Grain-free diets for dogs are all the rage right now and for good reason! Grain free is a more natural diet for your dog, can help resolve allergy, skin problems and inflammatory diseases like arthritis.
What is grain free dog food?
Grain free dog food is just that – free of grains such as wheat, corn, rice, and oats. This is different than gluten-free dog food which may contain gluten-free grains such as rice or oats. Another reason it is important to read the ingredients before buying.
Simply put grains are added to dog foods because they are cheap and they act as fillers to hold the dry food together. Not only are they cheap but the government promotes and underwrites the growing of grains, specifically corn and wheat. That makes it easy for manufacturers to access the grain for their products.
There are many reasons to choose a grain free diet including if your dog has allergies to grains or gluten, and a desire for a more natural, healthy diet. One reason to choose a homemade dog food is so that you can control what is in your dog’s dish.
What do wild dogs eat?
Canines or wild dogs are predators (hunters) and their diet comes from other animals. Unlike humans, they do not go for select cuts like a sirloin but consume the whole animal. This makes their diet rich in vitamins (organ meats), calcium (bones) and vegetable matter (stomach and intestine content). Wild canines eat a variety of meats as well, not the same boring kibble day after day.
How does a dog’s digestive system work?
Humans starting domesticating wolves during the Stone Age, long before modern agriculture. One hypothesis suggests that wolves started coming into camps to raid garbage sites and steal carcasses that were thrown away. This led to a partnership of sorts and later domestication.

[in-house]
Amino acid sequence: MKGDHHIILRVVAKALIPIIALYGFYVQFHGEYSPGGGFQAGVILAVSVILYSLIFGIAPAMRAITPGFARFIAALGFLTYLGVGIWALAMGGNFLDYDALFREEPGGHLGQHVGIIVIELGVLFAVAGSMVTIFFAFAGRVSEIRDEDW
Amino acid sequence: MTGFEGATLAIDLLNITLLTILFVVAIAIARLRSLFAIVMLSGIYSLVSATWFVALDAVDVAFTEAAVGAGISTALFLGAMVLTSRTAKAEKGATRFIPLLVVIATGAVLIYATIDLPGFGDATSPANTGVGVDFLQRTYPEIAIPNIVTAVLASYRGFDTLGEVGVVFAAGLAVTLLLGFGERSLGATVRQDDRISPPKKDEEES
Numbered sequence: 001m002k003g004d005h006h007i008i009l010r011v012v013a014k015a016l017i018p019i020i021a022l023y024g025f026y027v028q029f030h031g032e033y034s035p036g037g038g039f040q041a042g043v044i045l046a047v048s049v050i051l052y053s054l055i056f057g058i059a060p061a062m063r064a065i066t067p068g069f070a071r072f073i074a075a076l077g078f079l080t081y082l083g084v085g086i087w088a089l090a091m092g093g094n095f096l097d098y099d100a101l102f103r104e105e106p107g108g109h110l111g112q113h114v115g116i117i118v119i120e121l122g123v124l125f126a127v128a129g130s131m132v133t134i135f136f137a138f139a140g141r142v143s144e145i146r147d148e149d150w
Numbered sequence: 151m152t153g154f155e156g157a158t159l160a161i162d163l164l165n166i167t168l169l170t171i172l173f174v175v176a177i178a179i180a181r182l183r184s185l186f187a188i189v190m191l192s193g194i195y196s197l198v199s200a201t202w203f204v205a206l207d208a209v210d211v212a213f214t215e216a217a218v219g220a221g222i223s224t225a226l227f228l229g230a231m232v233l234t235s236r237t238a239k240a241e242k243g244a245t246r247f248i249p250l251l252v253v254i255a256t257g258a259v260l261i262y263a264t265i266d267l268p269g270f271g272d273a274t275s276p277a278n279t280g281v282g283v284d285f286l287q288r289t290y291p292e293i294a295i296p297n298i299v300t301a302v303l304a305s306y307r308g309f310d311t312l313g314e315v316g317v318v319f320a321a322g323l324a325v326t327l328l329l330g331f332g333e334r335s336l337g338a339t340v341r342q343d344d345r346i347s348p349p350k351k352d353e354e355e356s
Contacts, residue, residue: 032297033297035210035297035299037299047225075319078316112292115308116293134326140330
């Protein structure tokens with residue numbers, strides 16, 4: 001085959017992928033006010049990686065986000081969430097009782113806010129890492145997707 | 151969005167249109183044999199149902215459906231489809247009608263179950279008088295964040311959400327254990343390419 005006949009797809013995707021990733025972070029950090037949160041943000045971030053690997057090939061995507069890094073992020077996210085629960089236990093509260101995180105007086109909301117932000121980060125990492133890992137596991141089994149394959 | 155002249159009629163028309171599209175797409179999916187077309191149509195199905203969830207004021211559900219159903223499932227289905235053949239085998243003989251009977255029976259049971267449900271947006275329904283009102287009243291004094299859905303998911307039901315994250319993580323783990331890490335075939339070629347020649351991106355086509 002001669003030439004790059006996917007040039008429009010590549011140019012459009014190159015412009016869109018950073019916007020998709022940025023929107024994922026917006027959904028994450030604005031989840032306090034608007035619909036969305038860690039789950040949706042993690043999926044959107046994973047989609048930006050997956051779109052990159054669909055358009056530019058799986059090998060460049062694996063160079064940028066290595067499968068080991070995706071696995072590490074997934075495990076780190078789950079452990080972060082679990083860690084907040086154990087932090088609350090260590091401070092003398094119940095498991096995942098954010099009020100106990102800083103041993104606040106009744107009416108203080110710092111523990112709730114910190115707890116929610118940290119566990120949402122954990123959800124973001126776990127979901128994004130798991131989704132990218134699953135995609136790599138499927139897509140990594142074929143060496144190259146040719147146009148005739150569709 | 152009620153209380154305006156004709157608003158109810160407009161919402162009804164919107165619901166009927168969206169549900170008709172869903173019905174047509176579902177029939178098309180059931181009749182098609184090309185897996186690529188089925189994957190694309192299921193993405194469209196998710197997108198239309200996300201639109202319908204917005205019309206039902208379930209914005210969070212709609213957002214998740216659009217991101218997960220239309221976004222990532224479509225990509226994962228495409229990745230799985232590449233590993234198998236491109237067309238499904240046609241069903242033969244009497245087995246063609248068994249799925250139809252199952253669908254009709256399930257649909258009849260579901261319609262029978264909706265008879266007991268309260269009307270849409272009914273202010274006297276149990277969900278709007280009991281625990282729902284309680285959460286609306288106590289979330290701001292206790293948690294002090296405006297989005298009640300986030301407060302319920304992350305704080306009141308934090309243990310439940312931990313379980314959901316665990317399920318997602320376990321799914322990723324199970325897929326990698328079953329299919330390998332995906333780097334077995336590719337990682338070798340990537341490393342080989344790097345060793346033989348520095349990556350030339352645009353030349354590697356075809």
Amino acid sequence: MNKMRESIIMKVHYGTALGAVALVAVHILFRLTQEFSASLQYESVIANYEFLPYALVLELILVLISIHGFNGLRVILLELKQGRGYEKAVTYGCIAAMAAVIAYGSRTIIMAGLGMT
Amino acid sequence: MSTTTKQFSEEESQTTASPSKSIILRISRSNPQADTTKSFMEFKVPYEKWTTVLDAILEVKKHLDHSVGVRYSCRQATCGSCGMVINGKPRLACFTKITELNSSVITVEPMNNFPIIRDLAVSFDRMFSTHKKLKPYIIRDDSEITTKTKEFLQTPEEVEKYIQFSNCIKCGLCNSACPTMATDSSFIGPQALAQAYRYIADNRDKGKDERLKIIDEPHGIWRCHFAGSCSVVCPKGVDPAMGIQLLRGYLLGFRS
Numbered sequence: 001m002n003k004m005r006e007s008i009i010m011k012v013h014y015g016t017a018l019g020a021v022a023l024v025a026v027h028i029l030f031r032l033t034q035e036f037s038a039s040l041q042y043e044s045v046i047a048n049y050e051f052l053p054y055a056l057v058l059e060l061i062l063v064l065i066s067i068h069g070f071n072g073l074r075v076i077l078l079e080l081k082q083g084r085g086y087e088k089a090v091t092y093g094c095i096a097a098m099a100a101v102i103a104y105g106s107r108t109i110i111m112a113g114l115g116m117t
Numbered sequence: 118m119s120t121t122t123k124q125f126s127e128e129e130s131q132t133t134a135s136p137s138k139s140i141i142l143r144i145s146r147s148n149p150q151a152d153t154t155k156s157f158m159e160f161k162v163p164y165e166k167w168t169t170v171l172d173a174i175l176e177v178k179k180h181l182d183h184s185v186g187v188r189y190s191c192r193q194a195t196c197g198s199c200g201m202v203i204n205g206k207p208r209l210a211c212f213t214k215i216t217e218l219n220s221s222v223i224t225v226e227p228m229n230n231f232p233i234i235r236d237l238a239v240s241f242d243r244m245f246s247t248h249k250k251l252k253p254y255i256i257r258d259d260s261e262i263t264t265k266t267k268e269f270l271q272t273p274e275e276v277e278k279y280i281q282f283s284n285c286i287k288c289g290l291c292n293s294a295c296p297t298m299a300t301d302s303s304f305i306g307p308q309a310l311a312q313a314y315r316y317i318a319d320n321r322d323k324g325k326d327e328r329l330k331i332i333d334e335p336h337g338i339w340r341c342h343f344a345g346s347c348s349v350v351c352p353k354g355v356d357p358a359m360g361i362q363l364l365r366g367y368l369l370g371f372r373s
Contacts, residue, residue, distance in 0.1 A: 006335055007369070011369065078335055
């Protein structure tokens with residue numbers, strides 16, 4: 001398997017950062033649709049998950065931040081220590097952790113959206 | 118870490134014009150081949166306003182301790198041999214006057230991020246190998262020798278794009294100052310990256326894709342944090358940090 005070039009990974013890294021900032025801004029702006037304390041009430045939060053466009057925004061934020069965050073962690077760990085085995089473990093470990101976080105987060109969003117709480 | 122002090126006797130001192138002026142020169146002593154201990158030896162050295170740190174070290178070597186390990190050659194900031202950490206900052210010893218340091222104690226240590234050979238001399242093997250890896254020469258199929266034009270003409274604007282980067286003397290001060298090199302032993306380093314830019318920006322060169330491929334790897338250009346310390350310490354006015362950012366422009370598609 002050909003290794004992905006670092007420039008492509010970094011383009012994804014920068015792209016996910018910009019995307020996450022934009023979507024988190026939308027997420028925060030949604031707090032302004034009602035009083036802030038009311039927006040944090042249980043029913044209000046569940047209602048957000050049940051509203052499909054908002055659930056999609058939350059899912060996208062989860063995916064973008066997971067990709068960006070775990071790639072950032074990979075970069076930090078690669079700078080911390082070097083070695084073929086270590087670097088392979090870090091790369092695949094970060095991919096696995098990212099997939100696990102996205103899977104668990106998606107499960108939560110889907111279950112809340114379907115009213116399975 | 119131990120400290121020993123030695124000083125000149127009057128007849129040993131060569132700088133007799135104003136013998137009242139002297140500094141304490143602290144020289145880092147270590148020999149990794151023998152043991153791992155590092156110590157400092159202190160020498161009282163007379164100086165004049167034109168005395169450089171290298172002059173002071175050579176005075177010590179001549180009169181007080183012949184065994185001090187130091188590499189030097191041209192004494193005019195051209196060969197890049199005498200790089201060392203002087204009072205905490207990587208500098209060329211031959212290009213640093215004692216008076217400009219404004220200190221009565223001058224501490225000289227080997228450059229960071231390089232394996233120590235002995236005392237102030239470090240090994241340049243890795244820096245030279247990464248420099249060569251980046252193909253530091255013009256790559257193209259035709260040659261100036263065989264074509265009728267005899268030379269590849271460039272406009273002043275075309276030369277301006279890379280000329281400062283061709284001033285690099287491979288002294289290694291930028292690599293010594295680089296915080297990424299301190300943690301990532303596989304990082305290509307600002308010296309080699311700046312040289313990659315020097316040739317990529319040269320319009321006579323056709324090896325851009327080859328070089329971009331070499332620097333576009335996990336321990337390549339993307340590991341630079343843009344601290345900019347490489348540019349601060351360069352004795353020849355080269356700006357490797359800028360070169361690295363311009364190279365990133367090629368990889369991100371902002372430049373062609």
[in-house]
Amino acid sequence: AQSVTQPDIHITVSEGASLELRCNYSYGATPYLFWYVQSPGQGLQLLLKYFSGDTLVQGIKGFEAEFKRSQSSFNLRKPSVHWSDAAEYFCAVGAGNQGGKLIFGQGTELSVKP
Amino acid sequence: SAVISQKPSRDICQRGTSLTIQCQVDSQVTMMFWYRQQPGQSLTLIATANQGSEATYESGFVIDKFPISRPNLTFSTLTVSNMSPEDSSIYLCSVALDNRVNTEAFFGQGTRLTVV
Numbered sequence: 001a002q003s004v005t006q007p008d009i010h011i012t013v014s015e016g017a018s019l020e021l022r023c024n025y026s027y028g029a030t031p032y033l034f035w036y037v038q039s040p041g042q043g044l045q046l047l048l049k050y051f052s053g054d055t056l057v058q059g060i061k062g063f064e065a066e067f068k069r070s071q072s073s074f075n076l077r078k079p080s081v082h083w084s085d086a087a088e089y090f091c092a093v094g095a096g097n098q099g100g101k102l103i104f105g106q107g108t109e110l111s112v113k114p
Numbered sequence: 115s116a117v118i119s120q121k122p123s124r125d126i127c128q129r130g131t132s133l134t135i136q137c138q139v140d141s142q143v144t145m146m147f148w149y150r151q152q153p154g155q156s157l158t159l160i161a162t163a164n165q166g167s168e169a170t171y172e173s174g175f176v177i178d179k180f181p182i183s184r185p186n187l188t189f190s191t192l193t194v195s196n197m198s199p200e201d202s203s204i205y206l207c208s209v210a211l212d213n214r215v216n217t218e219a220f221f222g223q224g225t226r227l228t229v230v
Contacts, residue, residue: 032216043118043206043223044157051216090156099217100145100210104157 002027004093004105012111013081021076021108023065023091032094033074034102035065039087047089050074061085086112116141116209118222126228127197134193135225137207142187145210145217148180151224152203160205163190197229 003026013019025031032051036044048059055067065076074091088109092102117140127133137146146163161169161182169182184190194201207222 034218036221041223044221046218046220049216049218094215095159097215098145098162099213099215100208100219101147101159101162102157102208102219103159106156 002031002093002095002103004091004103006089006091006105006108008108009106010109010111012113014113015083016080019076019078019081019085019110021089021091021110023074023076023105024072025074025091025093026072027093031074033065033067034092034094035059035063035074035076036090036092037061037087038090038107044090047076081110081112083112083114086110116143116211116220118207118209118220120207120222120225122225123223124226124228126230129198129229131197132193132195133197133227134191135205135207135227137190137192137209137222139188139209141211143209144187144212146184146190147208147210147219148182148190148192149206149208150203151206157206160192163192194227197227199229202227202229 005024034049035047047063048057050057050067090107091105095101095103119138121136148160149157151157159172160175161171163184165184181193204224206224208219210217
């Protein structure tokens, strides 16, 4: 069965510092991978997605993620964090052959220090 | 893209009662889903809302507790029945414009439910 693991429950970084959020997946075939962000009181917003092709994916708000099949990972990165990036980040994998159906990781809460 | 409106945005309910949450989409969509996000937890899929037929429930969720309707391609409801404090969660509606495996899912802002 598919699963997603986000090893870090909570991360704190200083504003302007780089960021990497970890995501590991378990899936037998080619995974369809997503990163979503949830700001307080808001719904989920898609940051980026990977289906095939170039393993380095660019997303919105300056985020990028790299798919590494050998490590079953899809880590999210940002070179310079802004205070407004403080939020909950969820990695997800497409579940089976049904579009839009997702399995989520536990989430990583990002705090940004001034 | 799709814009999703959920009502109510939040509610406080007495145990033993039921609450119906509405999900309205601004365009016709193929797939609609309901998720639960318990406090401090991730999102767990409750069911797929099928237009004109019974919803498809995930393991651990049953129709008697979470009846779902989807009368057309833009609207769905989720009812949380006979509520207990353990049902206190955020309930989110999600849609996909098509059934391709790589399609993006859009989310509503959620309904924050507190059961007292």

Over the millennium we have bred dogs to look and act a certain way. However, there anatomy and physiology is still much like their ancestors. Wolves and today’s domesticated dog share 99.5% of the same DNA material.
The dog’s mouth is designed to rip and swallow and not grind the way ours does. Food moves fairly quickly through the dog’s digestive tract. A meal takes about 6 hours to go from chewing to waste. Compare this to humans at about 20 – 30 hours.
This quick pace can lead to digestive problems such as nausea and diarrhea. Planning healthy and easily digestible meals for your dog can help them digest their food more efficiently.
Try this easy grain-free recipe – you will be tempted to eat yourself!
An active dog like Riley needs high-quality food!
Quick and Easy Salmon Omelet for Dogs
This recipe is great for a senior dog or a dog with skin allergies because it is high in omega 3 fats. The size of the omelet will depend on the size of the dog and their activity level. Small dogs get 1 egg, up to 3 eggs for a large breed. This recipe would feed my Springer Spaniel, Riley who is about 35 pounds and an active farm dog.
5 ounce can of salmon
½ cup chopped red or yellow sweet pepper
½ cup whole spinach leaves
1 tea. of calcium supplement – or recommended amount from product
Place all ingredients in a bowl and mix well with a fork
Lightly grease a skillet and set on the stove.
Pour your omelet mixture into the pan.
When the edges are bubbling turn it over to cook the other side. (This is an art form but your dog does not care about perfection!)